Shortly after Lola’s owner Brian Forella announced that his music venue was moving from near West 7th to the TCU area, readers kept asking the same question: What about Dayne’s Craft Barbecue?
The food truck had become synonymous with Lola’s ever since owners Dayne and Ashley Weaver first parked at Lola’s a few years ago. In a Facebook post, Dayne said that the split with Lola’s was amicable and that another location, this one at 9840 Camp Bowie West, offered the award-winning ’cue purveyors the chance for a brick-and-mortar location.
Lola’s new location, on Berry Street, has housed numerous restaurants over the past several years, so Forella took advantage of the built-in kitchen to offer noshes to go along with the bar service and live music. A recent post on Lola’s Instagram page made the news official: Food at Lola’s would be open Thursdays through Sundays only, possibly a cautious move as the kitchen crew gauges demand.
A bright green neon sign reading “FOOD” greets customers heading into the bustling bar. Just past the verdant glow is a bucolic room covered with artificial plants and purple walls. The medium-sized menu includes hot dogs, sandwiches, and a few appetizers, most everything rendered relatively inventively. Order near the kitchen, and you’ll be chowing down in well under 10 minutes.
As an appetizer, Thundercat’s Picklez were piping hot and damn delicious. Every heavily breaded golden nugget was spicy and benefited from the side of cooling ranch, and they all retained a nice tangy bite. The only drawback was the small size: only about 12 pieces per order, and some of them were no bigger than a nickel.
Hard to pronounce but easy to chomp on, the Z’Burger was a large but manageable bad boy that blended salty, sweet, and savory. The caramelized onion aioli was umami nirvana while the diced bacon was smoky without overwhelming the bunned delight. It could have used veggies other than just lettuce, but the overall experience was original and tasty.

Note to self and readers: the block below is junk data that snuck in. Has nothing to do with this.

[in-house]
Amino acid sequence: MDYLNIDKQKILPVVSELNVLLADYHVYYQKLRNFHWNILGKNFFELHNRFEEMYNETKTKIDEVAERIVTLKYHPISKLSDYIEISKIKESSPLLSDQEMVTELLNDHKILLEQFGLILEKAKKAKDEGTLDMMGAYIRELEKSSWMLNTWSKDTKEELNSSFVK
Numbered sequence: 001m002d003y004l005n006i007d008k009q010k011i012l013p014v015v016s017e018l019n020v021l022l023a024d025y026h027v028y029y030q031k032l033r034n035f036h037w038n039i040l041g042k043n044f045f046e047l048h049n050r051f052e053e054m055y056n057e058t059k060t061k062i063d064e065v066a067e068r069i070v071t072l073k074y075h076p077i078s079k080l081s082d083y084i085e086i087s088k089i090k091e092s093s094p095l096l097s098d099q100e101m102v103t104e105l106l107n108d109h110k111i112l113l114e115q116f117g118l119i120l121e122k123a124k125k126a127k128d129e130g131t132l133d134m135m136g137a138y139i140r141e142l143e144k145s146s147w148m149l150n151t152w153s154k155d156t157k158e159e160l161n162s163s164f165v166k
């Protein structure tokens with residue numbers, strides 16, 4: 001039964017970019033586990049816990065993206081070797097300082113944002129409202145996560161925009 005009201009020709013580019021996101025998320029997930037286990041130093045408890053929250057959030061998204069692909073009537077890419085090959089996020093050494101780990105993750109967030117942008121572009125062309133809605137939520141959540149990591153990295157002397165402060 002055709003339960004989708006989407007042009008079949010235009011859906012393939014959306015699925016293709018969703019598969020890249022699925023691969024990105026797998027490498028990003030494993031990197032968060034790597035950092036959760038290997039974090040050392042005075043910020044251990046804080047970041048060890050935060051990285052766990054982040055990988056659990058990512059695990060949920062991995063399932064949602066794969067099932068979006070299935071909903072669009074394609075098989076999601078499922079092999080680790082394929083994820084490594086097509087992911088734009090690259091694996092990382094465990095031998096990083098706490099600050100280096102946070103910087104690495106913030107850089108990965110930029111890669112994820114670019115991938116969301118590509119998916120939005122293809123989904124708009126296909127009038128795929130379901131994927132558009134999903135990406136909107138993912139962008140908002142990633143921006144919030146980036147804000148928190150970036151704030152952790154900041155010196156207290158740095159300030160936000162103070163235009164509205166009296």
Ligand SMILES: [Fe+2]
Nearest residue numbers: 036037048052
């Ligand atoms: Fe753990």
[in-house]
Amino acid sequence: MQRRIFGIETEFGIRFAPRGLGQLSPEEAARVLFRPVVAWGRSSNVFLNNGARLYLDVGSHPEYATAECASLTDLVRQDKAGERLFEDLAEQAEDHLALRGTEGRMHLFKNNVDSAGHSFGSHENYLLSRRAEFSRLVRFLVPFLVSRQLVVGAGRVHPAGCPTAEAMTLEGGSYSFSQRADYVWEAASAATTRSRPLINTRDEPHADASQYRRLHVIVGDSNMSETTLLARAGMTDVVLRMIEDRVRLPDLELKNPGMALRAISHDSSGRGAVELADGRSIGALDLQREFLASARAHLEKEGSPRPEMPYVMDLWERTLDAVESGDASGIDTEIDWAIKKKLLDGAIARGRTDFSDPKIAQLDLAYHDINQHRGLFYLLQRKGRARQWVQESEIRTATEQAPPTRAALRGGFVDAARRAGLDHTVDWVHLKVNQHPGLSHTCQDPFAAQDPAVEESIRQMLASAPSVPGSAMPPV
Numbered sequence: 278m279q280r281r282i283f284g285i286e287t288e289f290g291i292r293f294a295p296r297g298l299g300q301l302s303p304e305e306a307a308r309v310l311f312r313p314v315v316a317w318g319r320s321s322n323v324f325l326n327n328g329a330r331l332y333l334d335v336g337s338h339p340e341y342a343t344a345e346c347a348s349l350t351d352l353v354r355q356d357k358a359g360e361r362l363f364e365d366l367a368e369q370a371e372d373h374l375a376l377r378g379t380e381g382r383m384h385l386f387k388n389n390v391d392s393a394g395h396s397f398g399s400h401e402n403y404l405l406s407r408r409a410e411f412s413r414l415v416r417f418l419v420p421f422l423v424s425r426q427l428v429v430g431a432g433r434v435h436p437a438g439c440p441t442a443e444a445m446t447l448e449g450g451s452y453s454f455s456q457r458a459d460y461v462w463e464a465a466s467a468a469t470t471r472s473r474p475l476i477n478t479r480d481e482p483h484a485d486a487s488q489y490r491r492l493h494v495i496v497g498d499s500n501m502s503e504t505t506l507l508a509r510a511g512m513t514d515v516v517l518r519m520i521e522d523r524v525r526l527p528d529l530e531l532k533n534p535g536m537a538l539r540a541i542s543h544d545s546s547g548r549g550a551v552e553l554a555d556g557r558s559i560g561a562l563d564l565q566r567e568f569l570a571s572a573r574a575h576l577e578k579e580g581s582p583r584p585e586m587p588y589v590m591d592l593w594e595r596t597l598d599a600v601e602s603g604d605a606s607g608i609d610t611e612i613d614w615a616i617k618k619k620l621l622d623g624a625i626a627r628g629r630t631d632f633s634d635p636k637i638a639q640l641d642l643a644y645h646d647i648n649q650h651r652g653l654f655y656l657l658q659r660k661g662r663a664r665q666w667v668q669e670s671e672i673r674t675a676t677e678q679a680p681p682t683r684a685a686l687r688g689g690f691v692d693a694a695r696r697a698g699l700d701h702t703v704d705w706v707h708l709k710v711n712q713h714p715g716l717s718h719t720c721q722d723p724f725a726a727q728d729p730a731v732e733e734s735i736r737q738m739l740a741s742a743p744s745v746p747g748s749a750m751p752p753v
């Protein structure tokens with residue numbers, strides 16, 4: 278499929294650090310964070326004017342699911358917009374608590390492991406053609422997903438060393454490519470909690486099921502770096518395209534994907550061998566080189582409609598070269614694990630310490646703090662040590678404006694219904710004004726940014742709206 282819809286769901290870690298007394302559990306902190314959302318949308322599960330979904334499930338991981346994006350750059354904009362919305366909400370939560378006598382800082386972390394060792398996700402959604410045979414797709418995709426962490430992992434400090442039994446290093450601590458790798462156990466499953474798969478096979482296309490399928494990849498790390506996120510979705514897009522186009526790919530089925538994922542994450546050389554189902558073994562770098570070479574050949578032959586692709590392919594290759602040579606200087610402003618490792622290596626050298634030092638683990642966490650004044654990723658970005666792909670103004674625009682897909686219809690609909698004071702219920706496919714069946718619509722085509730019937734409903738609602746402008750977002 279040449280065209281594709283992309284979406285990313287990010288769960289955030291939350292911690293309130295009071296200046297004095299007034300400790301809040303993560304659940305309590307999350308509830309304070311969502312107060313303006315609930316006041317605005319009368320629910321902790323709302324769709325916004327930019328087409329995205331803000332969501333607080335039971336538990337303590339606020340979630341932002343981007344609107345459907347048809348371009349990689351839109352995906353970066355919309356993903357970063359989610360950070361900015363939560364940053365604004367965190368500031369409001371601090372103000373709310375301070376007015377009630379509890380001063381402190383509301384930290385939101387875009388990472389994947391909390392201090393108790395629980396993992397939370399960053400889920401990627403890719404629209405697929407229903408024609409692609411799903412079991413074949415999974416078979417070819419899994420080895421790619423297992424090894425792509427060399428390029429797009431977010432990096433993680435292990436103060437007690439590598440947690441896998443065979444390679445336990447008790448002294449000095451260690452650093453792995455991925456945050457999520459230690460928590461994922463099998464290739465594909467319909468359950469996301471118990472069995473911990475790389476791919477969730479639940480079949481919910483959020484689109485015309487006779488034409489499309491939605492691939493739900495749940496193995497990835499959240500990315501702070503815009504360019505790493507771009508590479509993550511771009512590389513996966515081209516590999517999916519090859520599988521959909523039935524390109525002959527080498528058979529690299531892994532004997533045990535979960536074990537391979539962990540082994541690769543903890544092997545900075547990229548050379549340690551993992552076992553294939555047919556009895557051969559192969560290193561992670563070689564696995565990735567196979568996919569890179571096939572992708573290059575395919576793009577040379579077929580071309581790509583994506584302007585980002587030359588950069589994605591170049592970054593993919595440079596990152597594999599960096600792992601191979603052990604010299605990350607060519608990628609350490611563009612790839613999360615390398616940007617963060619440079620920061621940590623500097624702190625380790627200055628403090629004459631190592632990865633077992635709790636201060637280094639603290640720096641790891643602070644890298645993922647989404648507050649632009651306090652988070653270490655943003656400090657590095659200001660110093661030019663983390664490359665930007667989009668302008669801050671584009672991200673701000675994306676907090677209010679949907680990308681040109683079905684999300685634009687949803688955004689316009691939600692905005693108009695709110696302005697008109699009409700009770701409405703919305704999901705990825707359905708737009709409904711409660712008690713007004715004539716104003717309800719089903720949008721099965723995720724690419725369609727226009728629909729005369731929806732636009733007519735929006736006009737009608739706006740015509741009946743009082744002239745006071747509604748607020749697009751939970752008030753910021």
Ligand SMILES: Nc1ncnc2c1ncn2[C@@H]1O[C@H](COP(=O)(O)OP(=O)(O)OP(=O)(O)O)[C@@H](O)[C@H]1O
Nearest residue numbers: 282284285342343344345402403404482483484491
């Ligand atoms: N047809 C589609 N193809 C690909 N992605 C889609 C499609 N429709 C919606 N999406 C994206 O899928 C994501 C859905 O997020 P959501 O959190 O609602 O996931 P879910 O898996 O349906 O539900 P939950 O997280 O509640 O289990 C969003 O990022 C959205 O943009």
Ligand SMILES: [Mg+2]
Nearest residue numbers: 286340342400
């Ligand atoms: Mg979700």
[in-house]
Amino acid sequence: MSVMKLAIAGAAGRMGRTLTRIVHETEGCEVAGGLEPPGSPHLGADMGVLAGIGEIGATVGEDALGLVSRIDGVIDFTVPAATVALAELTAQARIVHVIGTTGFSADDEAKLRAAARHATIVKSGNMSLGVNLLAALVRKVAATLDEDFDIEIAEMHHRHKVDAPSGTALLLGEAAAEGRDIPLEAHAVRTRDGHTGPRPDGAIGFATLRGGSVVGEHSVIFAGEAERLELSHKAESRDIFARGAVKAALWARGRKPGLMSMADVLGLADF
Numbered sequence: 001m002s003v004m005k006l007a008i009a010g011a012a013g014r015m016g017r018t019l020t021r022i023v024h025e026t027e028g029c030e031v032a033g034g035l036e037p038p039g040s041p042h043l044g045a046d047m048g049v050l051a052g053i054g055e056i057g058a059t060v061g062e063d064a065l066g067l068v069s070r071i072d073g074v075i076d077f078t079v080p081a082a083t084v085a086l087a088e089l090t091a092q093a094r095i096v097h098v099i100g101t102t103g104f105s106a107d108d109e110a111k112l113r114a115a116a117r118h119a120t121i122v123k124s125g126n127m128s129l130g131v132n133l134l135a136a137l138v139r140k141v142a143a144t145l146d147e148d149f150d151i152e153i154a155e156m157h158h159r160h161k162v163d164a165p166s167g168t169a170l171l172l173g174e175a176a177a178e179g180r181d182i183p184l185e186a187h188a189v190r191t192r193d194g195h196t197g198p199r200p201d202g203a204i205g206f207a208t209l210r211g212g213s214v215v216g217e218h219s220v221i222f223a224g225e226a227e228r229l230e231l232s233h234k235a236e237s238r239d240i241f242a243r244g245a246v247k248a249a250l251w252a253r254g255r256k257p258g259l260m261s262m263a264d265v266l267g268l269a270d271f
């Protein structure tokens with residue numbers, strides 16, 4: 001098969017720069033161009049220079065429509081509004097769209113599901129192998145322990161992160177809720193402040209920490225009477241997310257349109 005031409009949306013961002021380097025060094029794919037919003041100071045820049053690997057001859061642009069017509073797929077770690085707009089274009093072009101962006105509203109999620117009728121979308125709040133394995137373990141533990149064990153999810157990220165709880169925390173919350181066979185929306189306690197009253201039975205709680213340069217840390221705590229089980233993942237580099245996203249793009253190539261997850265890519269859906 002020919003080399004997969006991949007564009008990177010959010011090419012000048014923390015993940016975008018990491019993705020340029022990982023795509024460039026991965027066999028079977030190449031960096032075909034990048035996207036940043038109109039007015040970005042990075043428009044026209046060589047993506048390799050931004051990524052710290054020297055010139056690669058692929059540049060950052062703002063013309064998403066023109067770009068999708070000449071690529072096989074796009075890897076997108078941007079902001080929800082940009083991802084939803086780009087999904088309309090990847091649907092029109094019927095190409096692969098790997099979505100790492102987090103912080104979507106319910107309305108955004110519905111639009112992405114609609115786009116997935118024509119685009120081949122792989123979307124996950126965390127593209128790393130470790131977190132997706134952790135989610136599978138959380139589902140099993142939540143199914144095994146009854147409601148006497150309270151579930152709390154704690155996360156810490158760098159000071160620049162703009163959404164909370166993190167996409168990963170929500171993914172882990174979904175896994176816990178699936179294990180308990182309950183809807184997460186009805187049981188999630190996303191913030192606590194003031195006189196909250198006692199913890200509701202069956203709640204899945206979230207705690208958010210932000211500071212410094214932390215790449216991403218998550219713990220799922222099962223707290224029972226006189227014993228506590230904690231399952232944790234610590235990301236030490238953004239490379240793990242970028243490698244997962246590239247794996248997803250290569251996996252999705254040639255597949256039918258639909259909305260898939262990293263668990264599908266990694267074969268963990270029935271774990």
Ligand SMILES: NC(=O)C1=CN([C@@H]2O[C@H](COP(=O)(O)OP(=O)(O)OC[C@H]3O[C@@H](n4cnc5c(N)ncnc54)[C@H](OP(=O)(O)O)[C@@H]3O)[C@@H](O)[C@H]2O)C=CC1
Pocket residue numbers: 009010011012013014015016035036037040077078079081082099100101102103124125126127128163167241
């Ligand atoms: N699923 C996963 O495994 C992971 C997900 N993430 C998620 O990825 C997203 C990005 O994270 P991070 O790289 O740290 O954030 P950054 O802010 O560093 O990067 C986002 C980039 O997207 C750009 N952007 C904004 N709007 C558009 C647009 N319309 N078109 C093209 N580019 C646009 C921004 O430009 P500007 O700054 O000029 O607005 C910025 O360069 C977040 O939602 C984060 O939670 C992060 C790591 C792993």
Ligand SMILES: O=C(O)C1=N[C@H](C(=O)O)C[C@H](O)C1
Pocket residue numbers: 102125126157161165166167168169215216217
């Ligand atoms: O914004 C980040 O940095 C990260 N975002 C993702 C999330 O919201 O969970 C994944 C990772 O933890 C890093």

Z’Philly Cheeze was a straightforward take on the classic cheesesteak. Every bite of juicy sirloin, melted queso blanco, and grilled onion sent my taste buds into hyperdrive. Compared to the other items I tried, the gargantuan Z’Philly Cheeze wasn’t super-inventive, just delicious.
One of seven Rock Dogz, or gourmet hot dogs, the Mellencamp was a tasty hot mess. Spilling over the long, thick wiener was a small pool of mild queso blanco and hearty chili mercifully sans beans. Like the heartland rock that inspired this sucker, the overall effect hurt so good.
The Beach Boy is highly Instagrammable. Crisscrossing drizzles of mustard atop the jumbo wiener set the visual backdrop for small chunks of bright green avocado and colorful giardiniera. Every bite was a flavor explosion that alternated between tangy, fiery, and creamy.
Rather than settle for expected pub grub, the folks behind Food at Lola’s have created a largely original menu in which the humble hot dog is elevated to scrumptious variations inspired by regional cuisine. And the burger is easily in the Top 10 of the city.
Right now, knowing when the restaurant opens is a bit of a guessing game because the hours of operation are not listed in cyberspace or anywhere inside the restaurant. One staffer said Food at Lola’s is working on “floating hours” that change week to week. With new concepts, it can be hard to gauge customer demand, but regular posted hours would be nice at some point — that’s my only gripe and a small one at that.
Food at Lola’s
Beach Boy $10
Z’Philly Cheeze $12
Thundercats Picklez $8
Food at Lola’s
2000 W Berry St, FW. Thu-Sun.